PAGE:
Oculus VR is kicking off E3 with an upgrade to its virtual reality console, the Rift. By simply upgrading its optics from one off-the-shelf cellphone display to another, the company has upgraded the goggles to 1080p — and based on a few minutes of time with Rifts old and new, the upgrade makes a huge difference. Gone is what CEO Brendan Iribe called "the screen-door effect," and everything comes in much sharper and clearer. We played a game rendered in the newly integrated Unreal Engine 4, and from the snowflakes outside to the large, horned monster inside, details just pop in a way they never did before. It makes the world feel more immersive, more immediate.

The 1080p screen is split in two, so each eye sees a 960 x 1080 portrait display — Iribe said the company was worried about how the switch from landscape to portrait might affect the games, but that he's seen no issues. Nor have they had problems with the games created by the 10,000 developers who now have Oculus Rift dev kits — the SDK is built to scale its resolution, so Iribe said this is only the beginning. As cellphone displays get better, so does the Rift, and the company gets to outsource its R&D to Apple, Samsung, and the like.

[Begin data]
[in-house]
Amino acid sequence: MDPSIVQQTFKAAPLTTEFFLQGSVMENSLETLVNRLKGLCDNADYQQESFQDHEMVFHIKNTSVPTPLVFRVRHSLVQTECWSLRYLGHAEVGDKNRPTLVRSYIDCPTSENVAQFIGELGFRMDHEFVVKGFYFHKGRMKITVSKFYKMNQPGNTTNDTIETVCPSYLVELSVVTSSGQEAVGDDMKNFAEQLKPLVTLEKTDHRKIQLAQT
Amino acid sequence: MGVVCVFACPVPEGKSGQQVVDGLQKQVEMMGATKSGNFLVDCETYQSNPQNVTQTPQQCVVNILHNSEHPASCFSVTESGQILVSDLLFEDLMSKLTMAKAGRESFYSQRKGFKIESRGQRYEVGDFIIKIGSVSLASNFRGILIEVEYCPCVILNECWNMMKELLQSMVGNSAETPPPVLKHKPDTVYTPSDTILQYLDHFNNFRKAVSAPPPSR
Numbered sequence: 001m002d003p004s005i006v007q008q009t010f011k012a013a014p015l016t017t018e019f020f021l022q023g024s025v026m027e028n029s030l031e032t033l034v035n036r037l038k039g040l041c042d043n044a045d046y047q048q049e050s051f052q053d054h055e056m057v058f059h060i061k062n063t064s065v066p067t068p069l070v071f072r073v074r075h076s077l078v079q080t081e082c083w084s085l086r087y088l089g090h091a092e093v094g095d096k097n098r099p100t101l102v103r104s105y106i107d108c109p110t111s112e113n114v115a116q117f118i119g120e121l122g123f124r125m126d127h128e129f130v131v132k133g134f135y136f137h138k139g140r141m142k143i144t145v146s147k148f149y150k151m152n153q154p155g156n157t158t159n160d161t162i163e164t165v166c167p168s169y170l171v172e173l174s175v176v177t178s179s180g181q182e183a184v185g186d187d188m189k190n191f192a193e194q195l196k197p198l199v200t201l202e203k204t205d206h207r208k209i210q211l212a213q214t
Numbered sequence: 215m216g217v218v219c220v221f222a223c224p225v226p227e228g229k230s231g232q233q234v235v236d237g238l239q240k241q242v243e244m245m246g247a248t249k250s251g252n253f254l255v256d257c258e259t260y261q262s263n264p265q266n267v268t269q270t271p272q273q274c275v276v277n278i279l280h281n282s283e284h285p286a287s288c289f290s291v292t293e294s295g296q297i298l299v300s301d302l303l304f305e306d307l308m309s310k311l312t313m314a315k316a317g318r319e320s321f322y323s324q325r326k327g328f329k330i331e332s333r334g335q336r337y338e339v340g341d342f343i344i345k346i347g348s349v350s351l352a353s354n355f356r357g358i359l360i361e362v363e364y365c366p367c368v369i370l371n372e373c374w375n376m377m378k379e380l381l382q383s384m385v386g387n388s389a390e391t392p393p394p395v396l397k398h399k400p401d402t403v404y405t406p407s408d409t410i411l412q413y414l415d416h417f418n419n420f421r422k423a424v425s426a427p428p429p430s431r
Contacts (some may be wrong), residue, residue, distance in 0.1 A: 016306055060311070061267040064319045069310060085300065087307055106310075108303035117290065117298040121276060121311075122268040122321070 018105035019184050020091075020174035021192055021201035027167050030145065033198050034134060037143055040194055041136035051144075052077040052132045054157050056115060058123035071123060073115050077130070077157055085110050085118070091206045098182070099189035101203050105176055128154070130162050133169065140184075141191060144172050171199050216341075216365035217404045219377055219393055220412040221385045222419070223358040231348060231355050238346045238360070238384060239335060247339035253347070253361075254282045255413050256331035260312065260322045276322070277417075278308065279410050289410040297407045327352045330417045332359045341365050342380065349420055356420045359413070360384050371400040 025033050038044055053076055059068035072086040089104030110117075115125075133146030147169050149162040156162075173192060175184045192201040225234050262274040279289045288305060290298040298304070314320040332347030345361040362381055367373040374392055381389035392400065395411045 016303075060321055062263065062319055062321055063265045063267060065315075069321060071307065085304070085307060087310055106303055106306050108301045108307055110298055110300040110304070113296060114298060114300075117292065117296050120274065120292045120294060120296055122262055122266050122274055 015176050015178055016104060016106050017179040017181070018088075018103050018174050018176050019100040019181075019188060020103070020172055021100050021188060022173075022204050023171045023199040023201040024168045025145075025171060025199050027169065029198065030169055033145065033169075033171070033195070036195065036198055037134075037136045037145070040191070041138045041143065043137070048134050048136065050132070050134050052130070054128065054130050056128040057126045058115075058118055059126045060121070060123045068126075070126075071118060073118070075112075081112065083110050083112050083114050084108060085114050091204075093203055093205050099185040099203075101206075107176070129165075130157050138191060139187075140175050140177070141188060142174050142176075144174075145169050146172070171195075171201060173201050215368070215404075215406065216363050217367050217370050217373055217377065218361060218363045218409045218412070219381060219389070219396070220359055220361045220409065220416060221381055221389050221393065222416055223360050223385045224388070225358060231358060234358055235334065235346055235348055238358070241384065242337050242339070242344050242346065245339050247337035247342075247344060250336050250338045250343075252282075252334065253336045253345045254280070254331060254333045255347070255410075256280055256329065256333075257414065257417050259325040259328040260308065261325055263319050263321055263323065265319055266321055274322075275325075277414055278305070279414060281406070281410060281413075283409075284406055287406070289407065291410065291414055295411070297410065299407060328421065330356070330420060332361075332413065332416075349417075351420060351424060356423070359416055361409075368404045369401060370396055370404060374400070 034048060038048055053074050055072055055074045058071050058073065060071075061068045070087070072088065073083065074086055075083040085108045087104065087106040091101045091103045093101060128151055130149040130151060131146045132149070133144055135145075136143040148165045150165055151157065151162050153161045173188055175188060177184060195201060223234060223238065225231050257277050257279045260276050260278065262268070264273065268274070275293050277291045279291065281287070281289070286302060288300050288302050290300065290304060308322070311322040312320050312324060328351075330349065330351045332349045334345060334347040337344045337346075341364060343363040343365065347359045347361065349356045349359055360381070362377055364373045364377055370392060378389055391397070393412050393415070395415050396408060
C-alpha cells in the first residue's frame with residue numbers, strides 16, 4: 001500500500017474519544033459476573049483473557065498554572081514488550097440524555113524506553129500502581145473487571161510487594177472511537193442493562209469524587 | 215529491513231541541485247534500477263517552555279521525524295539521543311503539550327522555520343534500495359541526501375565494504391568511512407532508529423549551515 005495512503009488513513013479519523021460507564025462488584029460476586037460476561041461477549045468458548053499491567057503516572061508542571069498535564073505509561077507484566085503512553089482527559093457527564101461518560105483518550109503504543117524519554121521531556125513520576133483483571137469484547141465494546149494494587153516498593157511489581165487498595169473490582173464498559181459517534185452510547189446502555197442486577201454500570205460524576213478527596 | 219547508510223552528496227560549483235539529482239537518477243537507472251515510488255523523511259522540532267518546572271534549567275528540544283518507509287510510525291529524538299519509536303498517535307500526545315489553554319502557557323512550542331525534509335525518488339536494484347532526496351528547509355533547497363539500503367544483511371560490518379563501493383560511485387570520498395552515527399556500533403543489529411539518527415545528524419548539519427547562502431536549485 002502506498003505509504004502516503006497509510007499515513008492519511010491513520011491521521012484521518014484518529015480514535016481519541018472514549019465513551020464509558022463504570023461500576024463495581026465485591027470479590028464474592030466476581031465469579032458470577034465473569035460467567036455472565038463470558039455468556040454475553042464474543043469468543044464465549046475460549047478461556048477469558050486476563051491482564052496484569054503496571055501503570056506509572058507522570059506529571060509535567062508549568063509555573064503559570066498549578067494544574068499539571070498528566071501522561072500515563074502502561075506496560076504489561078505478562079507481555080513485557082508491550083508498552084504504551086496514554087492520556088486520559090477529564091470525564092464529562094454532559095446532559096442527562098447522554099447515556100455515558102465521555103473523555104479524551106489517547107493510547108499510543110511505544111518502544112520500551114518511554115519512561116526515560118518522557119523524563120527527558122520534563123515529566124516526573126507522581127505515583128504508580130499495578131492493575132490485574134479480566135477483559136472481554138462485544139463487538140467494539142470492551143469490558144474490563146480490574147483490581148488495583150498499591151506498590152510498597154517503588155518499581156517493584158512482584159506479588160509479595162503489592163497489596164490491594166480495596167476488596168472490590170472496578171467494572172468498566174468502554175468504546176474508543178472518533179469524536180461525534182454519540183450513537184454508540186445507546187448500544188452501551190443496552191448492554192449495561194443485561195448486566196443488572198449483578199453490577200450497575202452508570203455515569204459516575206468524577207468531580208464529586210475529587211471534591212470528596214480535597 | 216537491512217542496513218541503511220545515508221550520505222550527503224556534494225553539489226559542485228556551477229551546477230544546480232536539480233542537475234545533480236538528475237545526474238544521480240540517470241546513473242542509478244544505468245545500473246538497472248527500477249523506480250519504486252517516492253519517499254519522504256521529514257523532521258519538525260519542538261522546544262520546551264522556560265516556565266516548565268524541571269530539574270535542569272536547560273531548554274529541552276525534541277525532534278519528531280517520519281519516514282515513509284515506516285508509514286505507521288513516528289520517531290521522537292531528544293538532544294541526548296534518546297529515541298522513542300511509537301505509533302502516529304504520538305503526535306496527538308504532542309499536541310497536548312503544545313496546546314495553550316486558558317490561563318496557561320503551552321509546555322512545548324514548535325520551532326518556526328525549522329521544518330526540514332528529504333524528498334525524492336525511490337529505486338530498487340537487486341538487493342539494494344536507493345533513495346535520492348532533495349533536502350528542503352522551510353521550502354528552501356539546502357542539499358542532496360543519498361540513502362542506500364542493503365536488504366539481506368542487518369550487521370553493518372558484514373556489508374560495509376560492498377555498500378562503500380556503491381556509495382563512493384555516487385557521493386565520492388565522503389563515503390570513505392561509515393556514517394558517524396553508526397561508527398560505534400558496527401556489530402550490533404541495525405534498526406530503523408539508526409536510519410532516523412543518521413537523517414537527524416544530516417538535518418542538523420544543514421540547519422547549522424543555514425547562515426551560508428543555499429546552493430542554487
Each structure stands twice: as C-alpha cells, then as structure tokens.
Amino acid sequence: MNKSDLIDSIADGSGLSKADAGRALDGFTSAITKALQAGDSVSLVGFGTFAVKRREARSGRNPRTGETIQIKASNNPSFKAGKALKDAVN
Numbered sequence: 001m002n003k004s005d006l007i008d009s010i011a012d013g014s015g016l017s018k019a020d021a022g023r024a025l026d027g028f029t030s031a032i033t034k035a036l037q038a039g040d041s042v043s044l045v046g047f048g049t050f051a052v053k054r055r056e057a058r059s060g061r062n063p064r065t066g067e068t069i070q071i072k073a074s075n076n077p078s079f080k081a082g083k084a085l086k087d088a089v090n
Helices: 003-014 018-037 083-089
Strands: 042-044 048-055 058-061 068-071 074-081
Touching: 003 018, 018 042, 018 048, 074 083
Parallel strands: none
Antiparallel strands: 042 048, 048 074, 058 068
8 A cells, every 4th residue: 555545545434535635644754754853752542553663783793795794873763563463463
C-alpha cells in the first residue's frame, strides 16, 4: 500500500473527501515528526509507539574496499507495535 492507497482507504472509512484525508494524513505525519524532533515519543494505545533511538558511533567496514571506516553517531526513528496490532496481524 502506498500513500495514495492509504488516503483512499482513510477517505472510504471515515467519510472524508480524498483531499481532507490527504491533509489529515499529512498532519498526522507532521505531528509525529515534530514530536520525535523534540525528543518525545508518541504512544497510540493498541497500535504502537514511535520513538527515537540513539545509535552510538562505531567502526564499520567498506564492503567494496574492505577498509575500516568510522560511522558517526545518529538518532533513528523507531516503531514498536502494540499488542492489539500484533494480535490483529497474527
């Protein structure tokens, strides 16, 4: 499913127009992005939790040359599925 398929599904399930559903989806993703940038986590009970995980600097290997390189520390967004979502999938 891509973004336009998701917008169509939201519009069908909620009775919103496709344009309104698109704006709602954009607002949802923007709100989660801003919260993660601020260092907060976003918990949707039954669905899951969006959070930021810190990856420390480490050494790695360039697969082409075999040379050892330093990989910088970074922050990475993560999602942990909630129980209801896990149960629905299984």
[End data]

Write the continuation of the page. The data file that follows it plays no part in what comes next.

Play 1080p games, and watch 1080p movies

With HD comes a number of other possibilities as well. Iribe strapped the Rift to my head and fired up the Man of Steel trailer, which I had watched in high definition in a theater. Oculus' Virtual Cinema makes it look and feel like you're in a movie theater, from the seats to the lights in the aisles. (No popcorn, though, a problem I told Iribe to remedy as soon as possible.) The possibilities here are limitless: Iribe noted the possibility of filling the movie theater with your Oculus friends and watching the movie together, or even moving seats to get the perfect perspective. It's an immersive, active experience, and it looks far better in 1080p than anything we've seen on the Rift before. When Oculus can put a 1080p screen on each eye, or go even higher-res than that, the Rift could pretty quickly keep you away from the movie theater — just strap the theater to your face.

Oculus won't say when the HD version of Rift will be available to developers, as it had apparently only just gotten the high-def prototype working ahead of E3's start. Neither would Iribe say if this is as high-res as the Rift will get before coming to customers. But based on what we've seen, it's a huge leap forward — not least because it's now more fun than ever to shoot a fireball in a snowstorm and just watch it go.